This brief outline aims to describe a certain discrepancy that dominates the current system for controlling military material. On the one hand there are obligations and priorities that are part of the conceptual documents and international treaties, while on the other hand there are economic interests that violate those norms in many ways. Last year the Czech Republic exported military material in the SVM 1 categories (smooth-bore weapons with a calibre of less than 20 mm, other arms and automatic weapons with a calibre of 12.7 mm or less, accessories and specially-designed components) to Egypt, Iraq and Thailand. Ground vehicles and their components (SVM 6) headed to Algeria, Cambodia and Saudi Arabia from the Czech Republic. Ammunition, fuses and specially designed components (SVM 3) were supplied to Egypt, Saudi Arabia and Yemen. All of these countries have problems with upholding fundamental human rights and are repressive, with the use of force comprising a integral component of their power apparatus.
This particular contradiction, however, is not unique to the Czech Republic. We can find a similar situation for arms exports from France, Germany, Poland, Slovakia and Spain. The basic argument made by these countries in the debates on this issue represents the cynicism of political interests and export priorities to a great extent – “If we don’t export them, someone else will.” The trade in military material has long belonged among the most highly lucrative business activities and is part of a significantly competitive international market.
Within the framework of economic interests, therefore, it is logical that states support a pro-export policy, even at the cost of reinterpreting their own normative obligations. This discrepancy does not exist in the case of the unproblematic destinations that comprise on average around 60 % of all of the Czech Republic’s arms experts. However, the situation changes with those countries where the state monopoly on violence constitutes a permanent threat to the opposition structures in society (just this year this resonated primarily in the case of the export of CZ P-07 Duty pistols to Egypt; in the past they have been exported, for example, to Algeria, Saudi Arabia and Yemen). Returning to the question outlined above, it is necessary to view the export of military material to risky countries with a certain dose of mistrust at a minimum and to ask what the qualities are of the elites purchasing such equipment. In that context, there is not much room for optimism in the current situation.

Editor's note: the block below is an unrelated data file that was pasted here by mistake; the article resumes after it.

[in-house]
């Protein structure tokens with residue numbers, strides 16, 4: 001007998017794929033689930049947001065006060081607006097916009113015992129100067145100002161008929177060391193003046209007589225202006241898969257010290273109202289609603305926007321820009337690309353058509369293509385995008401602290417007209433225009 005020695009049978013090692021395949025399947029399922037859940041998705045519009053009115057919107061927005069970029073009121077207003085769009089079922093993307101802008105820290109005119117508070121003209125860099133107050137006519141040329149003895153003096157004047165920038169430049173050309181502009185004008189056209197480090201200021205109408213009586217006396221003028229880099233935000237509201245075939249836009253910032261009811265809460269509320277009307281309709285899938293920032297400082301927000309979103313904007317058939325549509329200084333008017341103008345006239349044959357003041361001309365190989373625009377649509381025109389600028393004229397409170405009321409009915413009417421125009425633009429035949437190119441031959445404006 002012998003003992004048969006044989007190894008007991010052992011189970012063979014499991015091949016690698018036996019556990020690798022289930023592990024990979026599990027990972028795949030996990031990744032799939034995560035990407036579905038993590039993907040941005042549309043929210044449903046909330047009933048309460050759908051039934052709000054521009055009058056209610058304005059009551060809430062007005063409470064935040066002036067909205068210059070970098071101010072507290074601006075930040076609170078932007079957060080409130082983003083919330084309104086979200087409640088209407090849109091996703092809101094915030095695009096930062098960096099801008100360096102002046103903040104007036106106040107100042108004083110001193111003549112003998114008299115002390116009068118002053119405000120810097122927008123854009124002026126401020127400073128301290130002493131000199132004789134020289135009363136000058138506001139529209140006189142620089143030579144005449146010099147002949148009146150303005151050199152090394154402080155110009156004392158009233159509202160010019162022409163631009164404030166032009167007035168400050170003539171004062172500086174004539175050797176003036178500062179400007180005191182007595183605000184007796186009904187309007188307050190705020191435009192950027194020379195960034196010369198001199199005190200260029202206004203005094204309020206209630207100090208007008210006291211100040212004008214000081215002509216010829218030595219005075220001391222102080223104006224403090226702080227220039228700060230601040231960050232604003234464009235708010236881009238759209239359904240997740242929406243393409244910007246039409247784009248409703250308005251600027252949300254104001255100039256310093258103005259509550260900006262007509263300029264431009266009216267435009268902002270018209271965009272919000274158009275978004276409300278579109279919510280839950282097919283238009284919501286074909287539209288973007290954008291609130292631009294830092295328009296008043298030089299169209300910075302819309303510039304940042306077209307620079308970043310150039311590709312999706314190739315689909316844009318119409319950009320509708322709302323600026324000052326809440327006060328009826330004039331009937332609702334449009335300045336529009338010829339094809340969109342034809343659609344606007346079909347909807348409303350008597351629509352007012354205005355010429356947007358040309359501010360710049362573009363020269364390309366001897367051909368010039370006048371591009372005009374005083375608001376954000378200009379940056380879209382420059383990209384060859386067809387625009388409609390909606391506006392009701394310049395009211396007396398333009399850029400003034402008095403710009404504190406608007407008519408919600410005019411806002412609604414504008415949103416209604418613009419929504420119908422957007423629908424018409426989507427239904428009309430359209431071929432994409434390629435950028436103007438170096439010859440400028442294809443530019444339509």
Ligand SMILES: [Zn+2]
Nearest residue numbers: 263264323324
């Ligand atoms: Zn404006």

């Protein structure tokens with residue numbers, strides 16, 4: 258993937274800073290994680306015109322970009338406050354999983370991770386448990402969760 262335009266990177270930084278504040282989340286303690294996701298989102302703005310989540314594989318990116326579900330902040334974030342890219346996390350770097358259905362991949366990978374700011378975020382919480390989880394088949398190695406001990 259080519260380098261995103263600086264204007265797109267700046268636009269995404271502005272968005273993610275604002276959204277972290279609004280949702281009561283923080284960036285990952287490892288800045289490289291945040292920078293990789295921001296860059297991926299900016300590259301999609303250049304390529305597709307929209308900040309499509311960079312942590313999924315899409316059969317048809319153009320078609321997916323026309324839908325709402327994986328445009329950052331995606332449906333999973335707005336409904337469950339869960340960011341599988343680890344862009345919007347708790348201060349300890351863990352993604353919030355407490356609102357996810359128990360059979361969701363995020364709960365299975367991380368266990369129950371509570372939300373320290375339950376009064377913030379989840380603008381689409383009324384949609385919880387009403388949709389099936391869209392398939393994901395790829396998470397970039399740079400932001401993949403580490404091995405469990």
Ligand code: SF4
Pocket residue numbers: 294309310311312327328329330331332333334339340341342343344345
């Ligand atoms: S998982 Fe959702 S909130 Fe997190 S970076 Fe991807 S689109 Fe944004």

To address this situation, which almost every European country finds itself in, we could institute greater transparency and overall monitoring of the obligations established at both international and national level. It is precisely those obligations, at a theoretical level, that reflect the cultural and political traditions of European countries, traditions that are, in the current system, “turned off” under certain circumstances. The economic interests of states should not enter into conflict with our preferred values but should coexist with them – or at least our values should provide more of a counterbalance to our economic interests. A partial solution would also be to seek new markets that, from the point of view of stability, do not represent problematic destinations for Czech or European arms exports (an approach indirectly proposed by the Strategy for the Relations between the State and the Defence and Security Industry of the Czech Republic).
In the case of foreign support in risky countries, it is also necessary to seek effective guarantees that the exported military material will not be used against civilians or opposition groups. The largely formal promises and commitments considered sufficient today must be reflected in practical actions at the sites of these business activities. The policy of support for the export of military material needs clearly established guidelines that will not create the precedent of a double standard.